I wrote about him here.
As I try to organize my old negatives in these cold January
2022 days, I stop to look at some of the photographs that I took in Mexico as a
Frid told me that my so-called talent of taking photographs
of undraped females was a total waste of my talent. He said I should have
returned to Mexico and to keep shooting street photographs. He said I was
very good and that what I was doing was a tragedy.
These two photographs here were taken one right after the
other at a church in the Estado de México not far from where Rosemary, our two
daughters, my mother and I lived in Arboledas. I would sometimes pick up my
Pentacon-F and my then improved camera, a Pentax S-3 and go exploring with
friends in what we called camera safaris.
In this church they had a Jesus outside in a horizontal
position that was known to have miracle-inducing ability to cure diseases.
People would come and touch their affected limbs, stomachs, etc and touch the
corresponding parts on the Christ.
The first photograph I know elicited a remark from my
mother that Mexicans were in general fatalistic and depressed peoples. I would
have agreed with her when looking at the little boy, much older than he is in
some way. But I would have added that the folks who lived in Yucatán and
Veracruz who were more Caribbean in nature where a happier people.
I seems I snapped my photograph at the right time. And yet I
like the second one I took right after. It is an after-the-fact photograph that
leaves many questions unanswered.
Wednesday, December 22, 2021
We live in
a century (the 21st) where people say, “What I do is art because I
say it is art. I don’t care what you say to the contrary.”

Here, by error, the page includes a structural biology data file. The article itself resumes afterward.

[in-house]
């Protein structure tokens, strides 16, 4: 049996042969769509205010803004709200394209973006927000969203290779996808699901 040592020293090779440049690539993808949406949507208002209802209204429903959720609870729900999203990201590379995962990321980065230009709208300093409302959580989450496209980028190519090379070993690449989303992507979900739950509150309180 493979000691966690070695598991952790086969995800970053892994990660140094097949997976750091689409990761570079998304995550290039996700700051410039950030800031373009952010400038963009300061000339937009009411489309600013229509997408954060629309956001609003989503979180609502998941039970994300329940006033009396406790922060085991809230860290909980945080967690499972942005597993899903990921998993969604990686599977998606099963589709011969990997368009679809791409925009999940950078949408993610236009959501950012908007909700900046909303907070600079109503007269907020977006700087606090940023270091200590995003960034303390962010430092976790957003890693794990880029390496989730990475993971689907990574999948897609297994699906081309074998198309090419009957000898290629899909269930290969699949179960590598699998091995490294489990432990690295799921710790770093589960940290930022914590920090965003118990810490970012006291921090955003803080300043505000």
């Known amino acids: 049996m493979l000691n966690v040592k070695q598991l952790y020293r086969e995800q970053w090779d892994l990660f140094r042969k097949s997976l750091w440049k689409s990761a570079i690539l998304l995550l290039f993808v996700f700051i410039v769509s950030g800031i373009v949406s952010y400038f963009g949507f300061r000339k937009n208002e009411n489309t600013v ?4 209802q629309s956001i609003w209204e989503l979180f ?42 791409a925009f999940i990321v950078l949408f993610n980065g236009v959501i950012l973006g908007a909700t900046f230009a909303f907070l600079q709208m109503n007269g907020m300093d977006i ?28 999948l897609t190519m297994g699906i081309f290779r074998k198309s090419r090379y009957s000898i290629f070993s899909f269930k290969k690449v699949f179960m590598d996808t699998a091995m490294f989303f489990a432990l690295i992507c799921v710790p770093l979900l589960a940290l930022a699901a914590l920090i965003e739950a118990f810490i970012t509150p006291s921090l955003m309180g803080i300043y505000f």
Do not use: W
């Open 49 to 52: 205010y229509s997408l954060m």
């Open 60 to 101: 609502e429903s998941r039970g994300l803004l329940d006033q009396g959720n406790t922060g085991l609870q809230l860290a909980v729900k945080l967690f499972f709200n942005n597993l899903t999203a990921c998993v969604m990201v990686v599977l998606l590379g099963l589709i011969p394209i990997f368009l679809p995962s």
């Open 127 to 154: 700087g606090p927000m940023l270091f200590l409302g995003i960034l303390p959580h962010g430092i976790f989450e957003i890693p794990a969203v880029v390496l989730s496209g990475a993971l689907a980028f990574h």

We live in
a century (the 21st) where Henri Cartier-Bresson, and Leonardo da
Vinci would seek employment insurance after a few months in Vancouver. Neither
men would understand what “an installation” is. Perhaps female artists would fare
better with the current feminist movement. I know for a fact that a teacher of
History of Art was recently (I will do my best not to divulge the teacher or
the school) told to minimize Picasso as the artist had not treated his female
partners well and furthermore had abused them.
art of the airbrush might also be in disuse with temperas and Liquitex.
something takes time it is not worth doing.
light I smiled when a former exotic dancer friend of mine who went by the name
of Tiffany asked me, “I am curious what
does a photographer have hanging on his wall? “
My answer was
a quick one, “Family portraits.” That
is not quite true. In 1977 I had my first all person show (my first and last at
a restaurant) of street photographs I had taken in Mexico. Many of those grace
the walls of the stairs to our (now my) guest room.
taking photographs around 1958. Since then I have shot the gamut from portraits
to landscapes. I would think (and I do) that I know a good photograph when I
photography, which was born in that last century, involved lots of knowledge
that did not include auto-buttons. I had to learn from scratch. Based on that
experience I have little patience for contemporary photography which I think
has little style while being sharp and ultra-saturated (meaning the colours are
super intense). And of course I avoid all art installations.
How Orange is Trump?
Newton, Scriabin, Leopold & God, But Shirley Wasn't Always Blonde
remember a memorable (in negativity) one at the former Emily Carr College of
Art, before it became, to me, the colorless behemoth on the former tractor and
forklift lands. It had a full-size replica of a doctor’s waiting room including
boring magazines on the table.
portraits on the walls of my Kits home stare back at me and I try to think on
how I should weigh their value to me. I cannot.
Tiffany, the family portraits on my walls are proper portraits. They are not
snaps. Thought went into taking them and in every single case they all posed
for me and took my instruction.
procedure, I believe is lost and deemed irrelevant..
Tuesday, December 21, 2021
|Lago de Guadalupe, Estado de México - 1971
laundry days in my Kits home. In years back Rosemary would wash lots of stuff
at least three times a week. I manage now twice.
important because I wash my sheets and pillowcases. There is a distinct